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Transcript of Box Hill
SAC-Special Area of Conservation
AONB-Area of Oustanding Natural Beauty
Part of metropolitan green belt.
Does tourism at Box Hill negatively impact the environment in the area?
The UK's only tarantula, the Purseweb spider, is found at Box Hill.
There is also the Box Bug which was believed to only be found at Box Hill until recently.
The ash black slug is situated in Box Hill. It is the worlds largest slug.
In improved grassland, there are on average about five species in a square meter.
In unimproved chalk grassland, there are on average 40 to 50 species found in one square meter. This is because everything is completely natural in unimproved chalk grassland.
Box Hill is called Box hill as it holds 40% of the population of wild box trees in the UK.
Box hill also holds many rare plants including orchids.
Box Hill opened around 200 years ago for people from London to get away from the noise and business of the city, and come and enjoy the countryside. Box Hill was given to the National Trust by Leopold Salomons in 1914. People back then got to Box Hill by train, from Westhumble Station, and then walked to the top of the hill.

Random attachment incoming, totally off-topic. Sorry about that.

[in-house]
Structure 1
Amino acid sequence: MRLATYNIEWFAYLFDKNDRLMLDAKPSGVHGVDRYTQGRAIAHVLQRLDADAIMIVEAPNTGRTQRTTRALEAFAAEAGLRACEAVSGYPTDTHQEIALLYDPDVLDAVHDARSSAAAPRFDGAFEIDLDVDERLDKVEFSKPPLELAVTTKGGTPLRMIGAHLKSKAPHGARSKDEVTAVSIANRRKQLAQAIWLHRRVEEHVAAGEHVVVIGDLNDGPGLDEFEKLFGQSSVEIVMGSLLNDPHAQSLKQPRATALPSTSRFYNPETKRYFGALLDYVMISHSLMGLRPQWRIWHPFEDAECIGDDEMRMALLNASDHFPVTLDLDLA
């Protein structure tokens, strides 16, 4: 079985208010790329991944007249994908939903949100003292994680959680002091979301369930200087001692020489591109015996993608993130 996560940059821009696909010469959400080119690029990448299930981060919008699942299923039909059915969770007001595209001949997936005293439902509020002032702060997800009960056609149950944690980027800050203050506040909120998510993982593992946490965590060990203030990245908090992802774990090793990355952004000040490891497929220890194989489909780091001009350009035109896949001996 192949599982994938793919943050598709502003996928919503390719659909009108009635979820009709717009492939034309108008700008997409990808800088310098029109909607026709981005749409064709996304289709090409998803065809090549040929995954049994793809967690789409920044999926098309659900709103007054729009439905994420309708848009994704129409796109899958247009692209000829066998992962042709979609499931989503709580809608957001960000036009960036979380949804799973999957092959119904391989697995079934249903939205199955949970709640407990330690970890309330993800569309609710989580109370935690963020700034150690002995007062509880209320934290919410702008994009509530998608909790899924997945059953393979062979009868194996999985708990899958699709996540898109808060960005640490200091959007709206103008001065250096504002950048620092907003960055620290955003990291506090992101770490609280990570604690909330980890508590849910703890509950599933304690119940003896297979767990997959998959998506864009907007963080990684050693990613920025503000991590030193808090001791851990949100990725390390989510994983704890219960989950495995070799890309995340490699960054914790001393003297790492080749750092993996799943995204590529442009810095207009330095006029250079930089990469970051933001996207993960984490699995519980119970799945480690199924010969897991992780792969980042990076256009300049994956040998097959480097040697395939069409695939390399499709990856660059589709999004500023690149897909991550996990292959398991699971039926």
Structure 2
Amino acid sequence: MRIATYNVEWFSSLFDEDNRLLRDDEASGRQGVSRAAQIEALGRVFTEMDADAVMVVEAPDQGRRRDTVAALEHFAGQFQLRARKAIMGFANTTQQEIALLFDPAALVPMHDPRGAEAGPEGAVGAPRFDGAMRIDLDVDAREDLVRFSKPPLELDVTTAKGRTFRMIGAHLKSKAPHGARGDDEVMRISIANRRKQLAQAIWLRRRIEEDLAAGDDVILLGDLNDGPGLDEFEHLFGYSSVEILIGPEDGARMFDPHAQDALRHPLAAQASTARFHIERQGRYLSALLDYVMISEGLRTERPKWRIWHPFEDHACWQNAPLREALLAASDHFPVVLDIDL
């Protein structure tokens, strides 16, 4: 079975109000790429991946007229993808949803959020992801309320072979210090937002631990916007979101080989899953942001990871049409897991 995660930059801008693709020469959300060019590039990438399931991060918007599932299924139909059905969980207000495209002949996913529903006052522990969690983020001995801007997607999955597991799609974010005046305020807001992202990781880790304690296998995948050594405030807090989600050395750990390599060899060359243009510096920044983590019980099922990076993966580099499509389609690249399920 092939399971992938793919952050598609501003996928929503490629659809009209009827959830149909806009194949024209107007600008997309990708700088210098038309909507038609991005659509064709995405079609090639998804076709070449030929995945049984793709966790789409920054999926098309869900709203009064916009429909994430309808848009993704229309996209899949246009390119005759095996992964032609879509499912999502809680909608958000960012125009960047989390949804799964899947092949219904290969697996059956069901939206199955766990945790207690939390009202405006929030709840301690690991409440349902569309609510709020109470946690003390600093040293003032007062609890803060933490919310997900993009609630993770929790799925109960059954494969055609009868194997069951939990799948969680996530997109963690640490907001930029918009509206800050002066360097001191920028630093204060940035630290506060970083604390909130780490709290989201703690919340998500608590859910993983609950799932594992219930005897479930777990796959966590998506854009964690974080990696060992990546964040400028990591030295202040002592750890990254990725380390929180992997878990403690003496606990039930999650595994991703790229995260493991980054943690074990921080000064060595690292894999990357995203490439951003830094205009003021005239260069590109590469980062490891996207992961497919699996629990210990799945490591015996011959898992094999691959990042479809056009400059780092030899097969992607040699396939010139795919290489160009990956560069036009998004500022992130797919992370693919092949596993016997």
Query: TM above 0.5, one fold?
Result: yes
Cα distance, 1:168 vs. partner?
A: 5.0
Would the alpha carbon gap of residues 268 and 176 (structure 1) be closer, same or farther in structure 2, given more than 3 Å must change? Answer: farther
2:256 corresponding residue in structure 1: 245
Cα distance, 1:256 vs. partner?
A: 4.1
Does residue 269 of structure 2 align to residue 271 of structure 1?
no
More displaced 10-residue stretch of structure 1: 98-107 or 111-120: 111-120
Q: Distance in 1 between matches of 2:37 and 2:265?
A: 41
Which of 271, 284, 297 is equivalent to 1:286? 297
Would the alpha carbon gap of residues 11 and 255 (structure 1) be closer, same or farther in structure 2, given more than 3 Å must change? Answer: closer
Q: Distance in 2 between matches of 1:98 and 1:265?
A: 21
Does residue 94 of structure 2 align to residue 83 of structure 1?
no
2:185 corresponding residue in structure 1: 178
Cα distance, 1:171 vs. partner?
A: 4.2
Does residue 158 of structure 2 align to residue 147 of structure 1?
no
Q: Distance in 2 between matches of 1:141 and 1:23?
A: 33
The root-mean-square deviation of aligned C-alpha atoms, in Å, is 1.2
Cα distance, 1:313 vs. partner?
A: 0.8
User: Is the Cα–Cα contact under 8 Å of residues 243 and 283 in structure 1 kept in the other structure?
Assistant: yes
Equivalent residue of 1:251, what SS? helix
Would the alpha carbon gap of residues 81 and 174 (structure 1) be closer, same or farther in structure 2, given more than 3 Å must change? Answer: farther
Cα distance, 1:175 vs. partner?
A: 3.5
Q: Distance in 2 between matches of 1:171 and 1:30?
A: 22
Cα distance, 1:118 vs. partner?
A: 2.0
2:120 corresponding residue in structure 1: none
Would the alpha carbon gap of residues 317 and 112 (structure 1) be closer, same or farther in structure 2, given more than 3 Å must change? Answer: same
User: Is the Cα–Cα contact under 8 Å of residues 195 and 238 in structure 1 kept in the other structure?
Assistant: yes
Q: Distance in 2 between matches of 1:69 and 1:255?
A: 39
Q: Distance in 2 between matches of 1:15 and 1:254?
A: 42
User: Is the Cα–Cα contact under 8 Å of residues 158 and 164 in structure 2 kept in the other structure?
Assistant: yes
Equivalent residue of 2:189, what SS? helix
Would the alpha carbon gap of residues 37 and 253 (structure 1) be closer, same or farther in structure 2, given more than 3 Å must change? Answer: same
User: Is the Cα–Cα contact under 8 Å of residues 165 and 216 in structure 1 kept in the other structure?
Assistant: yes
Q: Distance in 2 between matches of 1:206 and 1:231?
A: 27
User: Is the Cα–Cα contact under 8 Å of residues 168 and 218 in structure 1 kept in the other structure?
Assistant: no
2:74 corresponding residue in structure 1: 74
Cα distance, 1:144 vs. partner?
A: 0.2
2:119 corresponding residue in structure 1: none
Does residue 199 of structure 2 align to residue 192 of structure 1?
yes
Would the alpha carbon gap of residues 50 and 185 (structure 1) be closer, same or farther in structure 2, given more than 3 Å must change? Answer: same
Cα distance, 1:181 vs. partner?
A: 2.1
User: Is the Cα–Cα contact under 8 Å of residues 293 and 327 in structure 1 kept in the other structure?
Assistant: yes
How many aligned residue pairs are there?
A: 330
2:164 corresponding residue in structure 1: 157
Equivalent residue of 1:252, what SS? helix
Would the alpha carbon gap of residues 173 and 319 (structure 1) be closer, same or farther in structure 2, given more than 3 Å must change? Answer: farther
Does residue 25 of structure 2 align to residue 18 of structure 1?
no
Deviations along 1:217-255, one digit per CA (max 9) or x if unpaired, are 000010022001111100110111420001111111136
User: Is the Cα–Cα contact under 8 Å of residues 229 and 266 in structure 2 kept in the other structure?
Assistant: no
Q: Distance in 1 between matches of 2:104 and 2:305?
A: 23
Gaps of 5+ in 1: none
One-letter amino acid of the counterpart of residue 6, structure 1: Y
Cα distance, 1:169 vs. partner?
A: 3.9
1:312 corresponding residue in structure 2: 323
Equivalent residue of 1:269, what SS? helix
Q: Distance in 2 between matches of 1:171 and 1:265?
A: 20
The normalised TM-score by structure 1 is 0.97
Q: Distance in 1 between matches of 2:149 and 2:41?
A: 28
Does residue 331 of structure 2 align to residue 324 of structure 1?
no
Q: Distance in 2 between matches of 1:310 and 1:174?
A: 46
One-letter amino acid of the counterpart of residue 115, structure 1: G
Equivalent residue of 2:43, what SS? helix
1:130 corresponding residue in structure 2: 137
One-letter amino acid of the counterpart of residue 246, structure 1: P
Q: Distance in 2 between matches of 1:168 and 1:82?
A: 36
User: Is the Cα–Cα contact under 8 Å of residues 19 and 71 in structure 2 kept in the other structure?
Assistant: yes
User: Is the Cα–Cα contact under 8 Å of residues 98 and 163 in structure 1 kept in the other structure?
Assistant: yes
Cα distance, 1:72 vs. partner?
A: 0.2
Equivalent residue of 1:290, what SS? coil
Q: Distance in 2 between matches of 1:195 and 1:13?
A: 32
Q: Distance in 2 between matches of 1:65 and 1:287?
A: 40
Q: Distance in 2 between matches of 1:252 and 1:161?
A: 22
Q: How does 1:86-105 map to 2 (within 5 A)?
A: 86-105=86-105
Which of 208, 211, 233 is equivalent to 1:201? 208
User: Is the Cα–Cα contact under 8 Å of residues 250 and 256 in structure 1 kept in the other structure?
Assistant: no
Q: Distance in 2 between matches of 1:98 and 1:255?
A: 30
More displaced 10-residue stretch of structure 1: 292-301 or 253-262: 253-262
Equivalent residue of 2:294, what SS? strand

Box Hill is approximately 1200 acres big. That is about the size of 1000 football pitches!
Around 1 million people visit Box Hill every year. They visit for many reasons including road and mountain cycling, walking, admiring the view and the countryside, to study the history of the site or for a Geography field trip!
-Nutrient poor soils
Clay with flints
-Nurient rich soils
My main aim was to see how the different locations in Box Hill were affected by tourism. My secondary aim was to survey the different plant types found at Burford Spur and the average soil depth.
Trampling investigation: For the Trampling Investigation, we used a quadrat and laid it down on every other metre across the path. We searched through the quadrat for different plant types, and then recorded our results on paper. Then, to find out the soil depth
by the path, we put our our
quadrat on every
other metre again and stuck a
soil pin into each corner of the
quadrat and in the center. Then we
pulled the soil pin out and measured how far up the mud was on the pin. After we had gathered all our results for the trampling investigation we made an average, and then got the results for the part of the path that we didn't do from another group.